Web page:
California Farmworkers Are Marching 335 Miles for Union Voting Rights

The 24-day “March for the Governor’s Signature” will start in Delano and end at the State Capitol in Sacramento.

Farmworkers in Oxnard, California
Joe Klamar/AFP via Getty Images

Starting Wednesday, farmworkers will march 15 miles up the Central Valley a day — missing work and time with their families — to demand legislation protecting them from voting intimidation.

The 24-day, 335-mile “March for the Governor’s Signature” aims to persuade Gov. Gavin Newsom to sign Assembly Bill 2183, or the Labor Relations Voting Choice Act. The bill would modernize the 1975 Agricultural Labor Relations Act by allowing California farmworkers to vote on whether to unionize in secret, whenever and wherever they feel safe.

The march will start in Delano and end at the State Capitol in Sacramento.

Under existing law, farmworkers cast their confidential vote for or against unionization at a polling place designated by the Agricultural Labor Relations Board office. These locations are typically on the grower’s or company’s property, where supervisors and anti-union consultants may pressure farmworkers to vote as the growers want.

Many agricultural employees have filed unfair labor practice charges to the ALRB for threats, firings and other actions that have increased fear and made organizing a union challenging and dangerous for them.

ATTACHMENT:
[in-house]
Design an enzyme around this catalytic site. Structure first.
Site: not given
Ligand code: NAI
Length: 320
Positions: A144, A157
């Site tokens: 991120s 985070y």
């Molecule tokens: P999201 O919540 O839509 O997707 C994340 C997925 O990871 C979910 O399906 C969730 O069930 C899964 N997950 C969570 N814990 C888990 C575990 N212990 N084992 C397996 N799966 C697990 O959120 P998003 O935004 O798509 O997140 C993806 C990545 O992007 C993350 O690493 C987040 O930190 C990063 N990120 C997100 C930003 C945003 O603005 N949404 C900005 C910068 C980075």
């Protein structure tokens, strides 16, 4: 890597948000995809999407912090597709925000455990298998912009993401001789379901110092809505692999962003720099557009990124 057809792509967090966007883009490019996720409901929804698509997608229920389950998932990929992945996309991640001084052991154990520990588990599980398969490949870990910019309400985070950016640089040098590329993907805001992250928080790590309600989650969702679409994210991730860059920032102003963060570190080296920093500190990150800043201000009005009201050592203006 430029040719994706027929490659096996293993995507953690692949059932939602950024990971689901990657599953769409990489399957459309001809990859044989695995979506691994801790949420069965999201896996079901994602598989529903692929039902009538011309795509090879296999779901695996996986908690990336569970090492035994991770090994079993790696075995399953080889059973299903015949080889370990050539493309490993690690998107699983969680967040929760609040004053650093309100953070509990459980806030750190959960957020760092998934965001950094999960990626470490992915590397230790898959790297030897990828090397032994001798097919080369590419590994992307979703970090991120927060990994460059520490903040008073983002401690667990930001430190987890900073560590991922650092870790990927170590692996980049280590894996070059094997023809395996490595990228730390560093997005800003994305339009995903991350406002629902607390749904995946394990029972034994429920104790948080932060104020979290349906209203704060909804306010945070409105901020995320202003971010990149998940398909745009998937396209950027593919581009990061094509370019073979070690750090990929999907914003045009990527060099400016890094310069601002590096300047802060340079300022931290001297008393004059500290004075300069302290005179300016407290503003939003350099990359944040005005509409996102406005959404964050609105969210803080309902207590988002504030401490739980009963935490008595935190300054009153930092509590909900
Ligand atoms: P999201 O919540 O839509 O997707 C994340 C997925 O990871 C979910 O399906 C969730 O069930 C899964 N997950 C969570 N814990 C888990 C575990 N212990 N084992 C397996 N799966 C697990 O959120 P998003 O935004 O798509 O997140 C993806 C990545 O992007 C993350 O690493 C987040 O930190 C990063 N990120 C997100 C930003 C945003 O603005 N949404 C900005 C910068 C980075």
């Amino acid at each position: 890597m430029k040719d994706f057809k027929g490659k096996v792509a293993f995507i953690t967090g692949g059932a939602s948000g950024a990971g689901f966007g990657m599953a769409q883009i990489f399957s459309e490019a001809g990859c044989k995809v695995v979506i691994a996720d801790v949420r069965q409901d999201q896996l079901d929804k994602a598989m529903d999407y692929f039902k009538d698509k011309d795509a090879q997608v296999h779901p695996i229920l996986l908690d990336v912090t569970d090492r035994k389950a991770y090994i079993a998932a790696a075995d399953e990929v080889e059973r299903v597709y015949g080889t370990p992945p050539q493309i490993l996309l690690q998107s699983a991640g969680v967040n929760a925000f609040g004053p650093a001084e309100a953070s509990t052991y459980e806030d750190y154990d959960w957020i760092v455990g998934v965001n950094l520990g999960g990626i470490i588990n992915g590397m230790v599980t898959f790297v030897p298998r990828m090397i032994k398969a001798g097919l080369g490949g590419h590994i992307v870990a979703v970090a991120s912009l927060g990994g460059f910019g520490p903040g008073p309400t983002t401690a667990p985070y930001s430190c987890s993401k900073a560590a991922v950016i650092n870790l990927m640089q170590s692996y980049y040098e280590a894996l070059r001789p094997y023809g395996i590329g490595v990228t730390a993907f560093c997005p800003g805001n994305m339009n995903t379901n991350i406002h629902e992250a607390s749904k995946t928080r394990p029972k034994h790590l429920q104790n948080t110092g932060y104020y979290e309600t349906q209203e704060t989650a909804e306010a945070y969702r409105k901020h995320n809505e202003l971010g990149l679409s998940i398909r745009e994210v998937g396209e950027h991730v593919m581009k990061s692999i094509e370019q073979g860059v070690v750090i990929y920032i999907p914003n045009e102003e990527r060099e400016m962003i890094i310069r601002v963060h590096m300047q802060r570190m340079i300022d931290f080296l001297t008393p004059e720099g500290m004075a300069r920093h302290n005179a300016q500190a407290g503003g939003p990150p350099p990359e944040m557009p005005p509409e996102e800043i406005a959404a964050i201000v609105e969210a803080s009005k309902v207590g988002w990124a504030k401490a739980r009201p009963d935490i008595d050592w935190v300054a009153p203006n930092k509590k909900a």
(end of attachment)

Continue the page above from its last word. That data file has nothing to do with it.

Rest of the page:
However, efforts to give farmworkers the right to vote in union elections without intimidation have been turned down.

In June 2021, the U.S. Supreme Court decided in Cedar Point Nursery v. Hassid that labor organizations cannot access an agricultural employer’s property to seek support for unionization.

In September 2021, Newsom vetoed Assembly Bill 616, a proposal that would make it easier for California farmworkers to vote in union elections by allowing them to fill out ballots on their own time.

The workers believe they should have the same option that Californians who vote in general elections have, to receive and fill out their ballots at home and drop them off or send them in the mail.

Community members from each town will support the marchers by providing a morning blessing when they depart, supplying food and water and organizing residents to join.

The march will end on Aug. 26, which the governor proclaimed as California Farmworker Day last October.

To learn more about the march, click here.

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